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United States Department of Agriculture

Agricultural Research Service


item Osuna-garcia, Jorge
item Doyon, Gilles
item Gonzalez-duran, J.
item Salazar-garcia, Samuel
item Goenaga, Ricardo

Submitted to: Caribbean Food Crops Society Proceedings
Publication Type: Abstract Only
Publication Acceptance Date: 6/3/2008
Publication Date: 9/1/2008
Citation: Osuna-Garcia, J.A., Doyon, G., Gonzalez-Duran, J.L., Salazar-Garcia, S., Goenaga Portela, R.J. 2008. Effect of harvest time and ripening degree on quality and shelf life of 'Hass' avocado. Caribbean Food Crops Society Proceedings. 44(2);653.

Interpretive Summary:

Technical Abstract: Canada is an important avocado importer country accounting for 12-15% of total avocado exports from Mexico. ‘Hass’ avocado is harvested year round in the state of Michoacan. For most part of the season, fruit reach adequate mesocarp dry matter content (DM), ripen properly and consequently, quality and shelf life are excellent. However, after early January fruit DM content increases and skin blackening occurs. Shipments to Canada containing fruit with blackening skin have been rejected since this characteristic is sometimes associated with low pulp firmness and short shelf life. The objective of this experiment was to study the effect of harvest time and ripening degree on initial quality and shelf life of ‘Hass’ avocado. Fruit were harvested in October and December, 2007 and from January to April, 2008 and rated according to the following scale: 1 = fully green, 2 = <25% skin blackening, 3 = 26-50% skin blackening, 4 = 51-75% skin blackening and 5 > 76% skin blackening. At harvest, DM, skin color, pulp firmness, and pulp color were evaluated. Fruit were then refrigerated (6.0ºC; 90% RH) for seven days to simulate terrestrial shipment to Canada. After this period, fruit were stored under market conditions (22ºC; 75% RH) until they reached the edible ripening stage. Weight loss (WL), fruit with skin blackening, pulp firmness, and pulp color were determined every three days. Pulp DM, skin color and pulp color significantly increased with harvest time and degree of skin blackening. However, there were no significant differences for WL and firmness. Our results showed that there is no reason for Canadian retailers to reject fruit with blackened skin since fruit quality and shelf life were not affected by harvest time and degree of skin color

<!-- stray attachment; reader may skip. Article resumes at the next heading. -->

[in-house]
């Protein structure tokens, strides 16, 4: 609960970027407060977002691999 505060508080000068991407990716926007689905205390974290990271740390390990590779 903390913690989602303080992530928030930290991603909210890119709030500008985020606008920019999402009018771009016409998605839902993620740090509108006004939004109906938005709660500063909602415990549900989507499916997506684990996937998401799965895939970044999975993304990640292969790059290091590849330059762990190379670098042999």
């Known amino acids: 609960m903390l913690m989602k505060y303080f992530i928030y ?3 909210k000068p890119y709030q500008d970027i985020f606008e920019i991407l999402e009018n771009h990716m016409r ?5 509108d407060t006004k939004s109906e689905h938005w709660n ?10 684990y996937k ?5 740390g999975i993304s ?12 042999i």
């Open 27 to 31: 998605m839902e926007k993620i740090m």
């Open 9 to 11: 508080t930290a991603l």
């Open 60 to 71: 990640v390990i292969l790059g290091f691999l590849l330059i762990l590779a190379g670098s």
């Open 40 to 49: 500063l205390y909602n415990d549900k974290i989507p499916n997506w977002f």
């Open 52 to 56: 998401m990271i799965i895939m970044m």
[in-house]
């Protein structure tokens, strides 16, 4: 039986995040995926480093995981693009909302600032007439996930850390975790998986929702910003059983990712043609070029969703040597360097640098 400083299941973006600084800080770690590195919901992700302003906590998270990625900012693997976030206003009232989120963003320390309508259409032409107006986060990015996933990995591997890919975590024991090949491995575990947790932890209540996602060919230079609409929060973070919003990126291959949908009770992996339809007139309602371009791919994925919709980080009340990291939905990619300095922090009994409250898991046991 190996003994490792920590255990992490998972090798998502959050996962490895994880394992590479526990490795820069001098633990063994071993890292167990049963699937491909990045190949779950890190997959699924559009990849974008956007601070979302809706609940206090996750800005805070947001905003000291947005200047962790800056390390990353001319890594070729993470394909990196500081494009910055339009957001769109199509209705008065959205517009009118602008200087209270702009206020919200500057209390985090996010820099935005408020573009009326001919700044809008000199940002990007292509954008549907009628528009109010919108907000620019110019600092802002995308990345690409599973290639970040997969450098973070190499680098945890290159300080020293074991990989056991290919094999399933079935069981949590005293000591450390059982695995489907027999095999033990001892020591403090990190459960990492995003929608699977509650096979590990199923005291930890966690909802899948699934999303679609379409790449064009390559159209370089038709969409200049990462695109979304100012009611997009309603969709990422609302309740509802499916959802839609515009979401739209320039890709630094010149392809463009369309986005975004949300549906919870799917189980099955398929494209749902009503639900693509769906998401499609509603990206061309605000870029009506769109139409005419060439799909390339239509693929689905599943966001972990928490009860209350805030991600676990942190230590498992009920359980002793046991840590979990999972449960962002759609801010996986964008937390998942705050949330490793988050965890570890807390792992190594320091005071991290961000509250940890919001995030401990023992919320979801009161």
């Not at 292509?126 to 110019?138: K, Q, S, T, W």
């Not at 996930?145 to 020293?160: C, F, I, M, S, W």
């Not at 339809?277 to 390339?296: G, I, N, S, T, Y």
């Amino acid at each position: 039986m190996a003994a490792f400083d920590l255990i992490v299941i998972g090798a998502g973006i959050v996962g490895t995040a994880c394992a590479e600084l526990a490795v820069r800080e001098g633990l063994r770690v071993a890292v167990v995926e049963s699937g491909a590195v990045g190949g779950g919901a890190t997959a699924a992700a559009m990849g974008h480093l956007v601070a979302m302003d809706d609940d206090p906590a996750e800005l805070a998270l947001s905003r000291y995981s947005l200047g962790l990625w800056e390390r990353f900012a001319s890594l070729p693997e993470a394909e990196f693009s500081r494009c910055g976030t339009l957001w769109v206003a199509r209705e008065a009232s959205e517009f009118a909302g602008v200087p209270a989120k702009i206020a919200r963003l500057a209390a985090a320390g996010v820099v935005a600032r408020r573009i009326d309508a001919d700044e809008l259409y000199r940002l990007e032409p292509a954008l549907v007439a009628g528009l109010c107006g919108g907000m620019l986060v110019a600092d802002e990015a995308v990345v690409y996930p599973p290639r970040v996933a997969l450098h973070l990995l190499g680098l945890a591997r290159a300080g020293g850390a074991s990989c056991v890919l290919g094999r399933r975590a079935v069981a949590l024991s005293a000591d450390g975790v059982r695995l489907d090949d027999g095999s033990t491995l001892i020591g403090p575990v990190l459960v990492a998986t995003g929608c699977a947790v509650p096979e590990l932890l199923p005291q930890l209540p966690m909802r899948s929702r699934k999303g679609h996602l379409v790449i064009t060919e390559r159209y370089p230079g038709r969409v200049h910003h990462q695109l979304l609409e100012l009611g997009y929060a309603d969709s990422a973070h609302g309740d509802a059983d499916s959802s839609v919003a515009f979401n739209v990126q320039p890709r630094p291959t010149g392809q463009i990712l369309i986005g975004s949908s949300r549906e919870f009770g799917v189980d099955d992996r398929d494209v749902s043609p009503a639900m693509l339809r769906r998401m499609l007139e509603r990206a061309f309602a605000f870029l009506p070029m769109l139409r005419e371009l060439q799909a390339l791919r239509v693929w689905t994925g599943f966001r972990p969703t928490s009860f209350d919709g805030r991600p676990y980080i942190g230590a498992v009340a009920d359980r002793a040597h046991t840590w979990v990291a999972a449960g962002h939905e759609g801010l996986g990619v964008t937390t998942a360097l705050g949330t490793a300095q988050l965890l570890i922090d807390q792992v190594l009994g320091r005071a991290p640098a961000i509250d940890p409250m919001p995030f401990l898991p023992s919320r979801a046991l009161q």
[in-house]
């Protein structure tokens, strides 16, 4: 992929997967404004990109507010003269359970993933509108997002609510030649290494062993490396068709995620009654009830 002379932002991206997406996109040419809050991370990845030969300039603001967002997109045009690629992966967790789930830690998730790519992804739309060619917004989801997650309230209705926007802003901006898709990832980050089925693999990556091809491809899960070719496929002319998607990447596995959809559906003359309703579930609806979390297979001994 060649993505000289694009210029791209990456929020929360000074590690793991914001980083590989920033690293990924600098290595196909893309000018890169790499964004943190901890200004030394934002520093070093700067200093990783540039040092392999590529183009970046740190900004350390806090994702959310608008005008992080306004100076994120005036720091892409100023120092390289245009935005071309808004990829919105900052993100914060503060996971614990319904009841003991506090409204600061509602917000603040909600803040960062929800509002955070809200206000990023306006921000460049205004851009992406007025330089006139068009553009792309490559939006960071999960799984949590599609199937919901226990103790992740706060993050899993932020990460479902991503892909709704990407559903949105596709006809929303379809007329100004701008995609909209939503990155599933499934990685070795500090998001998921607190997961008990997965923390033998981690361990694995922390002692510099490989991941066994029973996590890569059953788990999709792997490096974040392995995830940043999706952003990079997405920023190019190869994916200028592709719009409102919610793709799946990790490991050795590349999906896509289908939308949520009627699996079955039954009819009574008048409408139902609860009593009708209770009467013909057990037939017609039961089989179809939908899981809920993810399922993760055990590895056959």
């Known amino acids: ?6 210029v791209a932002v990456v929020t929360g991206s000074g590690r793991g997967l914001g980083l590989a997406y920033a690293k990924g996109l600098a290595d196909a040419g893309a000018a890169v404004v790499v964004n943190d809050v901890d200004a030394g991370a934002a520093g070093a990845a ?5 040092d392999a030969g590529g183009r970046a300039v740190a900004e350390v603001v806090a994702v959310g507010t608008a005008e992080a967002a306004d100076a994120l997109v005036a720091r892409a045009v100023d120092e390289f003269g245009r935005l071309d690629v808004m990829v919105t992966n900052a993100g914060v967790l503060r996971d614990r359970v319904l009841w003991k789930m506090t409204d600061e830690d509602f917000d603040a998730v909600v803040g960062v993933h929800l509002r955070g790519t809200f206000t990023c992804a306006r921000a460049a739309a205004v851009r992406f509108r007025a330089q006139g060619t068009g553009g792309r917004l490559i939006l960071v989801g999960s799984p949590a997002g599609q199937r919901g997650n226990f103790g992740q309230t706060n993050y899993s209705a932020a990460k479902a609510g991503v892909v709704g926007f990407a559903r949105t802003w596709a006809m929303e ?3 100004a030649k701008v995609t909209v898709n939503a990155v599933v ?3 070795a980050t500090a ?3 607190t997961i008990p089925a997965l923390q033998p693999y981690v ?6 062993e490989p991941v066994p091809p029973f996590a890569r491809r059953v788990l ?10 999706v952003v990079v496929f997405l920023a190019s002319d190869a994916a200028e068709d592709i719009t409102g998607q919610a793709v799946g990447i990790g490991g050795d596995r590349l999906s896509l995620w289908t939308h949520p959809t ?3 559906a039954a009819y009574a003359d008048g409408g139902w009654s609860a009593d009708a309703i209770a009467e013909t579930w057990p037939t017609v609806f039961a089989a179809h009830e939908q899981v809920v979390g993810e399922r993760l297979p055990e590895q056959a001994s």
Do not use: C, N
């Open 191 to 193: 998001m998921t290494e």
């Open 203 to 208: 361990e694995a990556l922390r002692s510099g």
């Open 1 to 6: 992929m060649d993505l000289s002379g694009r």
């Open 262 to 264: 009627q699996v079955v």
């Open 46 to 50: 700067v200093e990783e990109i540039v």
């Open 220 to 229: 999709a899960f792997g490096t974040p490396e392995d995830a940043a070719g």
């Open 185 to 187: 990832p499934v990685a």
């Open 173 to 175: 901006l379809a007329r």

Last Modified: 10/16/2017
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